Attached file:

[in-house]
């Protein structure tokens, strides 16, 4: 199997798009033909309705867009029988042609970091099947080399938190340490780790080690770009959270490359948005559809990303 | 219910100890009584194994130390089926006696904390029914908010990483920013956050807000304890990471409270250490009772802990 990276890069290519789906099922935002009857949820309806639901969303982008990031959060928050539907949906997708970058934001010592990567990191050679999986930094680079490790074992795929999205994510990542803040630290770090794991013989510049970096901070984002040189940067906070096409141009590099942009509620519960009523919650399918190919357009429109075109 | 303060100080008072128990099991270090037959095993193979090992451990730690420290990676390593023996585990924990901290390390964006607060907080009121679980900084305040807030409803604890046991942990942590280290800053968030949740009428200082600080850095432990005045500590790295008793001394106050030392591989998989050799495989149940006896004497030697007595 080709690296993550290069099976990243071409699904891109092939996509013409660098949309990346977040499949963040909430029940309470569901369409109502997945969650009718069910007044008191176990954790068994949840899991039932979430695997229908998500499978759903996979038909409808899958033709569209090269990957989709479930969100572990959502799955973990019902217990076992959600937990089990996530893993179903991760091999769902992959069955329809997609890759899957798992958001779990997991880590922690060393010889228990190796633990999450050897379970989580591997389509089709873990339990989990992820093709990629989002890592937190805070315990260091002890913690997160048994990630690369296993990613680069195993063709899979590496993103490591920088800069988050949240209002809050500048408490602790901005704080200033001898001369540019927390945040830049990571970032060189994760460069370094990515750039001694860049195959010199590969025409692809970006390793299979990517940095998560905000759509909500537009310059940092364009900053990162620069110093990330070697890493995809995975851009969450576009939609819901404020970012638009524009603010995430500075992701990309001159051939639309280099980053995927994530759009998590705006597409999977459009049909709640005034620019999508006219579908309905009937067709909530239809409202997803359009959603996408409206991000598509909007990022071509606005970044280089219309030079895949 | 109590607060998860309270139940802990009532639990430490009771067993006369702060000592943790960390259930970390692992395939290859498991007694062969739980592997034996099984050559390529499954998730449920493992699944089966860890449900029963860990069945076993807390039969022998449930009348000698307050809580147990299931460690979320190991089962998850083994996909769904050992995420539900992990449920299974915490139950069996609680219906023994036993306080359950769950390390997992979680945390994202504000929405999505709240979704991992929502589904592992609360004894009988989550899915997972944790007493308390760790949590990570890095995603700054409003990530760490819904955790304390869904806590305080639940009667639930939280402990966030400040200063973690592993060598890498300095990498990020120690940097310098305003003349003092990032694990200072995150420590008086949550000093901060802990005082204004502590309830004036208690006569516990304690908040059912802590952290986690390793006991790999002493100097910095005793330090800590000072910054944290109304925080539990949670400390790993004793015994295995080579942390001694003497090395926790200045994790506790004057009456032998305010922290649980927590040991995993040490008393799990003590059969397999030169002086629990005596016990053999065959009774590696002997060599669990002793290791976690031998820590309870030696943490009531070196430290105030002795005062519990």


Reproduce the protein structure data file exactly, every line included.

[in-house]
């Protein structure tokens, strides 16, 4: 199997798009033909309705867009029988042609970091099947080399938190340490780790080690770009959270490359948005559809990303 | 219910100890009584194994130390089926006696904390029914908010990483920013956050807000304890990471409270250490009772802990 990276890069290519789906099922935002009857949820309806639901969303982008990031959060928050539907949906997708970058934001010592990567990191050679999986930094680079490790074992795929999205994510990542803040630290770090794991013989510049970096901070984002040189940067906070096409141009590099942009509620519960009523919650399918190919357009429109075109 | 303060100080008072128990099991270090037959095993193979090992451990730690420290990676390593023996585990924990901290390390964006607060907080009121679980900084305040807030409803604890046991942990942590280290800053968030949740009428200082600080850095432990005045500590790295008793001394106050030392591989998989050799495989149940006896004497030697007595 080709690296993550290069099976990243071409699904891109092939996509013409660098949309990346977040499949963040909430029940309470569901369409109502997945969650009718069910007044008191176990954790068994949840899991039932979430695997229908998500499978759903996979038909409808899958033709569209090269990957989709479930969100572990959502799955973990019902217990076992959600937990089990996530893993179903991760091999769902992959069955329809997609890759899957798992958001779990997991880590922690060393010889228990190796633990999450050897379970989580591997389509089709873990339990989990992820093709990629989002890592937190805070315990260091002890913690997160048994990630690369296993990613680069195993063709899979590496993103490591920088800069988050949240209002809050500048408490602790901005704080200033001898001369540019927390945040830049990571970032060189994760460069370094990515750039001694860049195959010199590969025409692809970006390793299979990517940095998560905000759509909500537009310059940092364009900053990162620069110093990330070697890493995809995975851009969450576009939609819901404020970012638009524009603010995430500075992701990309001159051939639309280099980053995927994530759009998590705006597409999977459009049909709640005034620019999508006219579908309905009937067709909530239809409202997803359009959603996408409206991000598509909007990022071509606005970044280089219309030079895949 | 109590607060998860309270139940802990009532639990430490009771067993006369702060000592943790960390259930970390692992395939290859498991007694062969739980592997034996099984050559390529499954998730449920493992699944089966860890449900029963860990069945076993807390039969022998449930009348000698307050809580147990299931460690979320190991089962998850083994996909769904050992995420539900992990449920299974915490139950069996609680219906023994036993306080359950769950390390997992979680945390994202504000929405999505709240979704991992929502589904592992609360004894009988989550899915997972944790007493308390760790949590990570890095995603700054409003990530760490819904955790304390869904806590305080639940009667639930939280402990966030400040200063973690592993060598890498300095990498990020120690940097310098305003003349003092990032694990200072995150420590008086949550000093901060802990005082204004502590309830004036208690006569516990304690908040059912802590952290986690390793006991790999002493100097910095005793330090800590000072910054944290109304925080539990949670400390790993004793015994295995080579942390001694003497090395926790200045994790506790004057009456032998305010922290649980927590040991995993040490008393799990003590059969397999030169002086629990005596016990053999065959009774590696002997060599669990002793290791976690031998820590309870030696943490009531070196430290105030002795005062519990």